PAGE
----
With its exposed, jagged walls and the overall feel of a ruined pagan temple, the Southern Theater is the perfect setting for Enda Walsh’s “Misterman,” a one-man drama about physical, spiritual and psychic brokenness. The venue also is big enough to swallow a solo actor whole.
But John Catron, who had a commendable turn in “Long Day’s Journey into Night” at the Guthrie earlier this season, will have none of that. He uses the Southern like a macabre playpen in director Wendy Knox’s absorbing production of the play, which closes Frank Theatre’s season.
Catron bounces around the detritus-strewn stage (courtesy of designer Michael Sommers) like a man possessed by spirits, religious and otherwise. He darts and leaps between vintage reel-to-reel tape machines and unspooled tape. He flings things violently as he tries to mute the voices rattling in his head.
It is all, seemingly, for naught.
You see, Thomas Magill, whom Catron embodies with such demonic physicality, is a self-righteous Irishman who sees only evil in Innisfree, where “Misterman” is set. In fact, Thomas has gone around cataloguing the deadly sins of the people there, from lechery to greed and selfishness.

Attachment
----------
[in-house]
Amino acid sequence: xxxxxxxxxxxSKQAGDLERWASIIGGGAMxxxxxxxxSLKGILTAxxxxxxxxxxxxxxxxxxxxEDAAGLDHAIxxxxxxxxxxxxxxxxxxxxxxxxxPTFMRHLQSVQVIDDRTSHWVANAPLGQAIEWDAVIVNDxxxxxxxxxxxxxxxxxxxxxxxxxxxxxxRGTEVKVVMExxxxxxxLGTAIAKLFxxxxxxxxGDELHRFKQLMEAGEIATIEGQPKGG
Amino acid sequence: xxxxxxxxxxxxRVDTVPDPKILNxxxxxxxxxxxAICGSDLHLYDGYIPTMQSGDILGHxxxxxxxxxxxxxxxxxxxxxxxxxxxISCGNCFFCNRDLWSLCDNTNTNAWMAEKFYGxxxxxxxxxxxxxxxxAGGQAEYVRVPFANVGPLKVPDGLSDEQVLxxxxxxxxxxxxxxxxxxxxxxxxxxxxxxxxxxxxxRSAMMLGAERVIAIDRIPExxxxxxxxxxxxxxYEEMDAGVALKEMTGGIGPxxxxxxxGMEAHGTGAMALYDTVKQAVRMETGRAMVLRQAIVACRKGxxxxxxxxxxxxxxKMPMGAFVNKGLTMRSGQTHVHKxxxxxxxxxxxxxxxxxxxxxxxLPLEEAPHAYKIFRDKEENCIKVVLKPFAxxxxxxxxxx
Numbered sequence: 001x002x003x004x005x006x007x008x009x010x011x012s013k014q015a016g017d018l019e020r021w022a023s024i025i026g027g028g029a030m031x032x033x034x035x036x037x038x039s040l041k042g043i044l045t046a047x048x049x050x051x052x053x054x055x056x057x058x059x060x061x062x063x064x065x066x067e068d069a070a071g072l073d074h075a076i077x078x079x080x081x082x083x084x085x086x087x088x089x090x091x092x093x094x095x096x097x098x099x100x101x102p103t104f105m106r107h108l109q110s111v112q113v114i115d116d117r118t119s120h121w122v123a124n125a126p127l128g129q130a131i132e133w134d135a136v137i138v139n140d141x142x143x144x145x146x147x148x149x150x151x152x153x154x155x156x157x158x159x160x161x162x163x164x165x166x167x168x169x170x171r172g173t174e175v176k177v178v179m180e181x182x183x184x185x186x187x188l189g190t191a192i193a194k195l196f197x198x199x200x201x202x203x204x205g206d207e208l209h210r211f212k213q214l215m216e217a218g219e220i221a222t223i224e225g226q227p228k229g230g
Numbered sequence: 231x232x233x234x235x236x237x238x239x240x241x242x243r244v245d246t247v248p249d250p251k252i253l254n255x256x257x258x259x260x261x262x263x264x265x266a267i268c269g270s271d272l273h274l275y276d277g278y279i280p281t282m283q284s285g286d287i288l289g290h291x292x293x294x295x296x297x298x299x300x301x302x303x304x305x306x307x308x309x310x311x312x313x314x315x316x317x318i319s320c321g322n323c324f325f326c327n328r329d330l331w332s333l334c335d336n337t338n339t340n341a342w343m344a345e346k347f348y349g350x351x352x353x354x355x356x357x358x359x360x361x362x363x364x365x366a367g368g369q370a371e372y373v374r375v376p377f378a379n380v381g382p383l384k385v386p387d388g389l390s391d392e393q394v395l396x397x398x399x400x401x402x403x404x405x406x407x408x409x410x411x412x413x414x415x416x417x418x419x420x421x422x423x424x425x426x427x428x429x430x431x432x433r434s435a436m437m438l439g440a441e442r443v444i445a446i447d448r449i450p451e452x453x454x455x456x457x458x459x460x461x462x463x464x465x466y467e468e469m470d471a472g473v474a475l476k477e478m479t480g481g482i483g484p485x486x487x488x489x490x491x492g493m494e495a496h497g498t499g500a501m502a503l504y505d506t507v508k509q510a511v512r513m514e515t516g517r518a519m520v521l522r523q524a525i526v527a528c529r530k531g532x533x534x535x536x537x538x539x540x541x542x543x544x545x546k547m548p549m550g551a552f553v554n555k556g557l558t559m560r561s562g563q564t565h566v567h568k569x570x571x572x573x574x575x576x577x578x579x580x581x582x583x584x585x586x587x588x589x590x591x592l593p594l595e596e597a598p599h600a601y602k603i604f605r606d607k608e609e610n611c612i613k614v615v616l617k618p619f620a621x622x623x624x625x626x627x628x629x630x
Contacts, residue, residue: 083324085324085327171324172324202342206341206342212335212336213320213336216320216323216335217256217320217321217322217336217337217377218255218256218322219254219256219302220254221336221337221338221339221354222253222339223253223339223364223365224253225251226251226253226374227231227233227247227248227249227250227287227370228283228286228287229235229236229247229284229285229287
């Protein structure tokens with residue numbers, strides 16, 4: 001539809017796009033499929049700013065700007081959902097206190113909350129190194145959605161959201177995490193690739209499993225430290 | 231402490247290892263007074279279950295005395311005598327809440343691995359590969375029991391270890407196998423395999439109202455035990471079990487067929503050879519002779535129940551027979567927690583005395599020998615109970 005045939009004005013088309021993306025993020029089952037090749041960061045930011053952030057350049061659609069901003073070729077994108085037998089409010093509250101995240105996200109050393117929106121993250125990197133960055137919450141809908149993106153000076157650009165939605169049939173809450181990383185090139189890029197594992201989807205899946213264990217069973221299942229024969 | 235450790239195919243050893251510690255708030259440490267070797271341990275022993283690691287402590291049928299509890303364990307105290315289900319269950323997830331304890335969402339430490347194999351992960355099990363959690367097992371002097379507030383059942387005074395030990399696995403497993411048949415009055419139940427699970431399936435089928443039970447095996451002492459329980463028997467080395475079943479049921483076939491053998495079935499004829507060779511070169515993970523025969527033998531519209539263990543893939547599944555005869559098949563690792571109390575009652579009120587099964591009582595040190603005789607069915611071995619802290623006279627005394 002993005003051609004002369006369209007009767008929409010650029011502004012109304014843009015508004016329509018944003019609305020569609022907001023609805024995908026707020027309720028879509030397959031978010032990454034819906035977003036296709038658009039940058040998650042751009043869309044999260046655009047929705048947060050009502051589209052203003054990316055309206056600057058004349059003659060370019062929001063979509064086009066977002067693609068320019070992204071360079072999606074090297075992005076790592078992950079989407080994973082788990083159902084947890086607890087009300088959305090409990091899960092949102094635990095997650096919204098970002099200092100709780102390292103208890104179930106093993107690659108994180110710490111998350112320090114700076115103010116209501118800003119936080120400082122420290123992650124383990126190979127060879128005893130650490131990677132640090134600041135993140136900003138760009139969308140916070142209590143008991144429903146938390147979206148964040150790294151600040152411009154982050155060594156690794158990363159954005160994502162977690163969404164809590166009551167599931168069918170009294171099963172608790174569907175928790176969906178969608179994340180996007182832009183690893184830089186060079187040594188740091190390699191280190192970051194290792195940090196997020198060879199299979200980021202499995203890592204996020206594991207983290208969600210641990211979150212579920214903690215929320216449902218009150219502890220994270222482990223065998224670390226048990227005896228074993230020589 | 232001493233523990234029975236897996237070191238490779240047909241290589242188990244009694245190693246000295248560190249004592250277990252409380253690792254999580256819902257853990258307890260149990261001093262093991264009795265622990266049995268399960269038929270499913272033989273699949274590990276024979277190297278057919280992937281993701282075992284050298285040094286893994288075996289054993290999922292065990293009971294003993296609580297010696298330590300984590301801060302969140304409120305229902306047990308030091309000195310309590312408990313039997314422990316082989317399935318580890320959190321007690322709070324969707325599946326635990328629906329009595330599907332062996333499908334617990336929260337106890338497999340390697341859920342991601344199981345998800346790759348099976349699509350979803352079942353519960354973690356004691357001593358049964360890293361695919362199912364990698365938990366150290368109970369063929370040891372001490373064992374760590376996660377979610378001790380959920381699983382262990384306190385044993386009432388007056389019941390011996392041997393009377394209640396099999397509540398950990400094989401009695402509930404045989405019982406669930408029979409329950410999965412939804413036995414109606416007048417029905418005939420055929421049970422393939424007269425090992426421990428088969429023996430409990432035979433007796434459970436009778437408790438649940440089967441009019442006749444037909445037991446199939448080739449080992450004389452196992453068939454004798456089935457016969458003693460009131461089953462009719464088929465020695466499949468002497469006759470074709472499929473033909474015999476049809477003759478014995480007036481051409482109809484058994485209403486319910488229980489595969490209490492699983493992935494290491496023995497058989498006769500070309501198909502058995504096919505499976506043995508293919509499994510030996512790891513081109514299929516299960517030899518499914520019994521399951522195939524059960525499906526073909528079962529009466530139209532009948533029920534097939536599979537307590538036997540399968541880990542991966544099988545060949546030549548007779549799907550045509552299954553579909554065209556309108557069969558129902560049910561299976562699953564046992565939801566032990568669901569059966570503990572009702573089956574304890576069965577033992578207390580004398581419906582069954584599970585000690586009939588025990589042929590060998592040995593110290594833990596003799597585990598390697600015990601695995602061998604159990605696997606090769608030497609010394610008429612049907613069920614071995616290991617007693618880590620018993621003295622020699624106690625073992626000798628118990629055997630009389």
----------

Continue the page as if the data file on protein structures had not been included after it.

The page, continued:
He is a man trapped in a cage of his own making. The conversations he has are with the recordings he has made, sometimes surreptitiously, of friends, strangers and family during one momentous day. He’s a like a steel ball in one of those click-clack games.
The moments the he re-lives are all he has. And, as played by Catron, he has tender, well-timed encounters with his mother, even if she is a spirit on tape and he is a man in the flesh who just happens to be eating at a table. (By the way, Thomas says his grace after he finishes eating.)
Catron appropriately goes to some dark places in “Misterman,” a 90-minute one-act that is inexorably mordant. But he also gives us fleeting moments of lightness and levity. One of the funniest bits includes a conversation that Thomas has with an old lady. Catron, who plays both parts, nails it.
Still, his main character is so righteous and agitated most of the time, it’s hard to like him for long.
What the actor gives us in his tour-de-force performance is a man wrestling with demons that manifest themselves as their opposite. The contradictions are starkly embodied on the actor’s face, in his popping veins and in his voice, a strained instrument that he uses to betray what is really one of the strangest figures on any stage this spring theater season.